Thomas E. Millsop

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Thomas Elliott Millsop (December 4, 1898 — September 12, 1967) was an American corporation executive, chairman and chief executive officer of National Steel Corporation,[1] and recipient of the Henry Laurence Gantt Medal in 1952.

Live and work[edit]

Born and raised in Sharon, Pennsylvania. He was the son of a Scotch immigrant,[2] attended the public schools in the city and served at the US Marine Corps from 1917 to 1919.[3]

In 1919 Millsop started his career in industry at the tank-car producer Standard Tank Car Co. as riveter, and worked his way up to foreman, assistant purchasing agent, and eventually purchasing Agent. After one year at Rotter-Spear Co. of Cleveland, Ohio, in 1924-25, he was returned to Standard Tank Car Co. and became production manager for another two years.[3]

In 1927 Millsop joined the Weirton Steel Co. division of the National Steel Corporation, where he moved up the ladder from salesman to assistant sales manager, to assistant to the president, to become the vice-president and eventually president of Weirton Steel. By the time he got appointed president, 1936, he was the youngest man ever in charge of a major American steel company.[3]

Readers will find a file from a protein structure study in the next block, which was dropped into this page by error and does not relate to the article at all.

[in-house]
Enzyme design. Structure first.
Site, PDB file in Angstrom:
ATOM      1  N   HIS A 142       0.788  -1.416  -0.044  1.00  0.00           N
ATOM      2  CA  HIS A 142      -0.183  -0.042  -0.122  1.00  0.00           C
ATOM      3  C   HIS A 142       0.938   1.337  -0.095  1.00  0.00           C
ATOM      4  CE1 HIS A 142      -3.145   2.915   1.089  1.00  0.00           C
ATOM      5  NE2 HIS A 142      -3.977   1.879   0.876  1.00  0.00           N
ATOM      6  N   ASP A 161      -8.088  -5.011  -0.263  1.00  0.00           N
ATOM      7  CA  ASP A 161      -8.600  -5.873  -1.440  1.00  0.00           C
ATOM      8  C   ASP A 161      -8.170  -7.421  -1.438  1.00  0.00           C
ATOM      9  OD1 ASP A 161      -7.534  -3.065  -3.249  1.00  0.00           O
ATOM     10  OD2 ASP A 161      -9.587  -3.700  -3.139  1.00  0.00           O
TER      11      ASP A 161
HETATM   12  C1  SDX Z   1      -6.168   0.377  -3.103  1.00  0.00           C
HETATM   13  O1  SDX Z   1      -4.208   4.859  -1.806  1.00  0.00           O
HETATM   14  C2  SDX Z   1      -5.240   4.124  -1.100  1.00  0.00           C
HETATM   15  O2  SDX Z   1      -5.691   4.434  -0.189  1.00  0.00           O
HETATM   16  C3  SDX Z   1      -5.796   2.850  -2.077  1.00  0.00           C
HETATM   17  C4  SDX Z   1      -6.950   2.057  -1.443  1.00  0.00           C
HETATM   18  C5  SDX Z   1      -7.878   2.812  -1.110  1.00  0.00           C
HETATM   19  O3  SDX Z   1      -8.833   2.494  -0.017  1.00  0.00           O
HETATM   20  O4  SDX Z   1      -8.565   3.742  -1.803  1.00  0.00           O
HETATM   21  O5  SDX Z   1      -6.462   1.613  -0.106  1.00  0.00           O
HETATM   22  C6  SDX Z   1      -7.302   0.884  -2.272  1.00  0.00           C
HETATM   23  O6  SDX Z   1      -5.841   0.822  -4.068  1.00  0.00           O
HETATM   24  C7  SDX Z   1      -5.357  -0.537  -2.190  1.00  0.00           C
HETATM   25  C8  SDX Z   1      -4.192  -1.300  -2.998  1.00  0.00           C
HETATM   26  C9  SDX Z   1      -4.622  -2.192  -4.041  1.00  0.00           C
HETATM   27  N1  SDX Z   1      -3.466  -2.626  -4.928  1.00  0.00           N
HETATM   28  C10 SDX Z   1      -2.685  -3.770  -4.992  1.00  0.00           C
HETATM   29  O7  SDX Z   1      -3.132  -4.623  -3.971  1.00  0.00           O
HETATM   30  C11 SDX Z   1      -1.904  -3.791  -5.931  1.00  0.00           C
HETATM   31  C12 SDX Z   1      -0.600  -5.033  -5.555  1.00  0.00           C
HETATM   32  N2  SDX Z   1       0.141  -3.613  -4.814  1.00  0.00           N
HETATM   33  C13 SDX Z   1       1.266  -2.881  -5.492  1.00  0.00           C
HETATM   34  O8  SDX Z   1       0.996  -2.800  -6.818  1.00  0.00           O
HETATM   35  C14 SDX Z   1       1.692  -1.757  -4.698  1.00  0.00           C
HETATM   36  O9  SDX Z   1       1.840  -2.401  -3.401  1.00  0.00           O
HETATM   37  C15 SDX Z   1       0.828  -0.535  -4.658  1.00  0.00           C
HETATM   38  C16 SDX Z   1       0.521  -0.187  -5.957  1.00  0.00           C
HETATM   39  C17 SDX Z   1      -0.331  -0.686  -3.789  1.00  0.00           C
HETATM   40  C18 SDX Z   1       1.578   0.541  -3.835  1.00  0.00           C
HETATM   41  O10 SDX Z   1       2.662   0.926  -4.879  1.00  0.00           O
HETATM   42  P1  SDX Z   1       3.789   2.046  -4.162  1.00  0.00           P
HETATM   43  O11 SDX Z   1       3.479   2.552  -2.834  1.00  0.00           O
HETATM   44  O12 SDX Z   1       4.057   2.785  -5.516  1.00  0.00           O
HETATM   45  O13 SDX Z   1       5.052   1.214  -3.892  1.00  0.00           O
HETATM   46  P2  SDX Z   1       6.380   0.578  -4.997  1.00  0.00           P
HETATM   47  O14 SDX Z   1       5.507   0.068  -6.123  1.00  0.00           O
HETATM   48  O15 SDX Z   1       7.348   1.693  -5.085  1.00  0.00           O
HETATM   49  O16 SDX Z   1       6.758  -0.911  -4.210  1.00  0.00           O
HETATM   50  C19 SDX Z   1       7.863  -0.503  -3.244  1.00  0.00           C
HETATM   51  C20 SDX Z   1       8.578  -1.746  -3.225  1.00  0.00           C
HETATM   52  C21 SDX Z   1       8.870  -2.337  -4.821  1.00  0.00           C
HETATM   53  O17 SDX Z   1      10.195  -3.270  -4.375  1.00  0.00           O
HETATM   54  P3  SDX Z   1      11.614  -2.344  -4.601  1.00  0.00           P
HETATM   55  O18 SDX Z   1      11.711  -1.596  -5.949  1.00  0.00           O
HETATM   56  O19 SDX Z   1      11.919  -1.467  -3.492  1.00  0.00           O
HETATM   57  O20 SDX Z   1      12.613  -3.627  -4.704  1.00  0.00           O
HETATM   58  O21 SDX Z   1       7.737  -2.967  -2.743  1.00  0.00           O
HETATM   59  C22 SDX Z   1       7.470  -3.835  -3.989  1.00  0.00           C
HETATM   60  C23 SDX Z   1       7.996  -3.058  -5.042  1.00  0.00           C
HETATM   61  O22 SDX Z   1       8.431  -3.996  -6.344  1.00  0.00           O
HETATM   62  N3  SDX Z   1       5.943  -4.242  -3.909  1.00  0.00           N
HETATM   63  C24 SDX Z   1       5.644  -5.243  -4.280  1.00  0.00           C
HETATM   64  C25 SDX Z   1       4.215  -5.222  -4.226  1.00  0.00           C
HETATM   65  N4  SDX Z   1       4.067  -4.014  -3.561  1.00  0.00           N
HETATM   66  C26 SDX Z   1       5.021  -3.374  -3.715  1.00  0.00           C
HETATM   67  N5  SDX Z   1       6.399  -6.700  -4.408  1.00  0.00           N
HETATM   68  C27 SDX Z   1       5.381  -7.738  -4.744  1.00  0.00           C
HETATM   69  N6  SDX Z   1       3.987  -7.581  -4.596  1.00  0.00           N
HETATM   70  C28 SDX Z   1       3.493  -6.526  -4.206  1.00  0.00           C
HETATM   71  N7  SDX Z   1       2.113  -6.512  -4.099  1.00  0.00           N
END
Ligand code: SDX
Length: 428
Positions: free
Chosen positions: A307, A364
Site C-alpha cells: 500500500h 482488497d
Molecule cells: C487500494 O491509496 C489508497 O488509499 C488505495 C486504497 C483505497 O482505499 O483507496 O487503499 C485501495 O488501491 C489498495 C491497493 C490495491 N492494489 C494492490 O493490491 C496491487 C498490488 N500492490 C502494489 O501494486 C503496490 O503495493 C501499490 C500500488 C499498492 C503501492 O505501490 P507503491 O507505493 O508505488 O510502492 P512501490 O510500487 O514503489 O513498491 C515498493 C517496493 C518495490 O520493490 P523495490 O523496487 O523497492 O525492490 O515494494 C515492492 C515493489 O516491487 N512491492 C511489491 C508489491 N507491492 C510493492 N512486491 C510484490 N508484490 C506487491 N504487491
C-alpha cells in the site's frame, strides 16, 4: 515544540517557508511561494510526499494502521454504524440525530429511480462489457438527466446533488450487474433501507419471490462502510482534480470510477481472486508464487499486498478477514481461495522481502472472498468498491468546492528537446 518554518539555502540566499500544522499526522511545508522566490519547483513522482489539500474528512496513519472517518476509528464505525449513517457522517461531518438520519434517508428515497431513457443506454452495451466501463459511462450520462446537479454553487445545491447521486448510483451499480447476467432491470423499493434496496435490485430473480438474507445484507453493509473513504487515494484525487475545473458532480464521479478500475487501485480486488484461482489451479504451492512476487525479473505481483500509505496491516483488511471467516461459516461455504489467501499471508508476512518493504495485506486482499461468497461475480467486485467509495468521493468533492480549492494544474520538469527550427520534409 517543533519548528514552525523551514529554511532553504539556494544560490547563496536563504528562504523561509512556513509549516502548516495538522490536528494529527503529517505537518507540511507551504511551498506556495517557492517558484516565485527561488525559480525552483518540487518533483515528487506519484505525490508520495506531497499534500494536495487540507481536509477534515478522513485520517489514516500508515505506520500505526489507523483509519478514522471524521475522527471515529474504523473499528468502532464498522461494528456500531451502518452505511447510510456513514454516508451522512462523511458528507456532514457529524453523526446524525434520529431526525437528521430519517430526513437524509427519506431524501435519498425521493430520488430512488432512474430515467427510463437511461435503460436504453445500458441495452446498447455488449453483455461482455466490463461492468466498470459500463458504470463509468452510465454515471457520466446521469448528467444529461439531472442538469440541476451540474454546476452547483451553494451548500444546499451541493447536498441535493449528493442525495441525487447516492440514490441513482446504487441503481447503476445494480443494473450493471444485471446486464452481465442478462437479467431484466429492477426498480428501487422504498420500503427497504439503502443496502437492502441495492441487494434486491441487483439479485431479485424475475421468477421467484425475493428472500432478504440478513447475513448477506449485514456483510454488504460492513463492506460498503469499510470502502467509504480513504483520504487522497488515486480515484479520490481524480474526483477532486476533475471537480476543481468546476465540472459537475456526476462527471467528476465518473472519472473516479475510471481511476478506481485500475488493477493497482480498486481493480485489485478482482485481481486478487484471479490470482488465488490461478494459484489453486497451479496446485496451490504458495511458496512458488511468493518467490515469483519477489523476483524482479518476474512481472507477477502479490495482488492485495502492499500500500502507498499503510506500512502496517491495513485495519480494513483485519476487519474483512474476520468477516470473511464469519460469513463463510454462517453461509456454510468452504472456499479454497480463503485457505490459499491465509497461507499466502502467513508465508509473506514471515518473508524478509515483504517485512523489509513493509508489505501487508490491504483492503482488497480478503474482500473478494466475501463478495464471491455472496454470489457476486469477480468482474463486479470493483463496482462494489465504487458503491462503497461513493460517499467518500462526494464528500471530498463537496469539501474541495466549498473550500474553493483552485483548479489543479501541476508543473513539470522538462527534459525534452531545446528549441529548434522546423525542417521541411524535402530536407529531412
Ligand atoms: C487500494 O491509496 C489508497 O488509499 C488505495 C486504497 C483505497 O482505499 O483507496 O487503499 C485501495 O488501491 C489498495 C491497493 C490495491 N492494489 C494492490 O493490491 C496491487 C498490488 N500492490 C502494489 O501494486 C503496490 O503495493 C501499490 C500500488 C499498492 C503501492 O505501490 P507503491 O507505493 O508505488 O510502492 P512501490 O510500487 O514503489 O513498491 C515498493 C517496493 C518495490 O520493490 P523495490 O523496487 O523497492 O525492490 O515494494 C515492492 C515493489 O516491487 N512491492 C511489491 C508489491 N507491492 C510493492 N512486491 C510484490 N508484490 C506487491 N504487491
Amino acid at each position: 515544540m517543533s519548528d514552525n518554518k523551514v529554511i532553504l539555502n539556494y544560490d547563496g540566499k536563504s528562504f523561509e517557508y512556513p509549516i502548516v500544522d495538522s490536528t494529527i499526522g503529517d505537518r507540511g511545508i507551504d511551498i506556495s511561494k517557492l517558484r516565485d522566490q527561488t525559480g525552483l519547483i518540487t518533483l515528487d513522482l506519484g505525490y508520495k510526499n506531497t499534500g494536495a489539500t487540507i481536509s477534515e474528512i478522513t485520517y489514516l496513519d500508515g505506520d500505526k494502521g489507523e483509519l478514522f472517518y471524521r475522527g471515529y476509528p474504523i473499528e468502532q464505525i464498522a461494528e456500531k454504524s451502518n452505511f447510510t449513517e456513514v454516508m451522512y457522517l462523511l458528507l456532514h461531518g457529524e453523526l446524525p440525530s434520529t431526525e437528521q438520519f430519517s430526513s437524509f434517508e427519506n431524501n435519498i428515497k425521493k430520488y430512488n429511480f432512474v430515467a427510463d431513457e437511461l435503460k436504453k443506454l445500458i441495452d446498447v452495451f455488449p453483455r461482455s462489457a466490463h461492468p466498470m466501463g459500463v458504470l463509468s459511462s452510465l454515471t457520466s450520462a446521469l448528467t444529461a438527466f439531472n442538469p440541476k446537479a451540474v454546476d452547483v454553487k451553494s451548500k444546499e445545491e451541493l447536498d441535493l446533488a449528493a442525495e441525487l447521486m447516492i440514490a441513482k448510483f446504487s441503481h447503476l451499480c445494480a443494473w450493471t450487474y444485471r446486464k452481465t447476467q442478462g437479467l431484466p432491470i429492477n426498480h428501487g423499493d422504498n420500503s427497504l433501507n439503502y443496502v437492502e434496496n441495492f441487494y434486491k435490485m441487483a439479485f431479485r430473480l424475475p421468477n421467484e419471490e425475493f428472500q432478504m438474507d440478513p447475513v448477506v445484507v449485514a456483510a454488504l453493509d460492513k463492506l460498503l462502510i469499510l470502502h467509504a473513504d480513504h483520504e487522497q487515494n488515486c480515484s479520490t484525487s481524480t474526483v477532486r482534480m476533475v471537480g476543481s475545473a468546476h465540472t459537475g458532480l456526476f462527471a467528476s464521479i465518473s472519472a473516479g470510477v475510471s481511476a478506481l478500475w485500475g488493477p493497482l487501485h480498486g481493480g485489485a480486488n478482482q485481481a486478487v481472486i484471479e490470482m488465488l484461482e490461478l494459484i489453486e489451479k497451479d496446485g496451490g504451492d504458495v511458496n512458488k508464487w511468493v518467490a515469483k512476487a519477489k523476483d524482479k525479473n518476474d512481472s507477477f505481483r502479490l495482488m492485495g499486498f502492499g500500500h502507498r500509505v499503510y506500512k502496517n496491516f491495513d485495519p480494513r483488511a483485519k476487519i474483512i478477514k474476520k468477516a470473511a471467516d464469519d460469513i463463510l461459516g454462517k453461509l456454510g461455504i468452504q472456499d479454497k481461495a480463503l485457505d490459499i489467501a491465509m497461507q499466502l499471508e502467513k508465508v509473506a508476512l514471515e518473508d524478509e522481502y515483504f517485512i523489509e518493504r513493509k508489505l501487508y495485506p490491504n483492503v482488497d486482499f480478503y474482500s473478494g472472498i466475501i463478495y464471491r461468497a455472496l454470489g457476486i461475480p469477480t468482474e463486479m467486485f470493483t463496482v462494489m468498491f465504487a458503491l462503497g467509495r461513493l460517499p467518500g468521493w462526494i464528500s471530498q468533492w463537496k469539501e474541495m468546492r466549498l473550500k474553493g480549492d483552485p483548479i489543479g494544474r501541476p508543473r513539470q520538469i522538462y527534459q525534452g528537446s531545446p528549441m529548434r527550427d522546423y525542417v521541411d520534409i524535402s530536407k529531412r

In 1952 Millsop was awarded the Horatio Alger Award of the American Schools and Colleges Association, and the Henry Laurence Gantt Medal by the American Management Association and the ASME. In 1958 the National Management Association elected him "Management Man of the Year, and in 1961 AIME awarded him the AIME Benjamin F. Fairless Award for his "accomplishments in behalf of the steel industry, for his support of continuing technical progress in the industry, and for his civic endeavors."[3]


Thomas E. Millsop was credited in the West Virginia Legislature House of Delegates in 1966 as

"... the son of a Scotch immigrant rose from the rank of a day laborer to that of one of the truly great leaders of American industry, his rapid advance being one of the profound success stories of an industry that has known many success stories."[2]


  1. ^ Debates of the ... Congress, Volume 114, part 5. U.S. Government Printing Office, 1968. p. 6637
  2. ^ a b Journal and Bills, West Virginia. Legislature. House of Delegates (1966), p. 227.
  3. ^ a b c d Thomas E. Millsop, AIME, 2017. Accessed 05-07-2017.

External links[edit]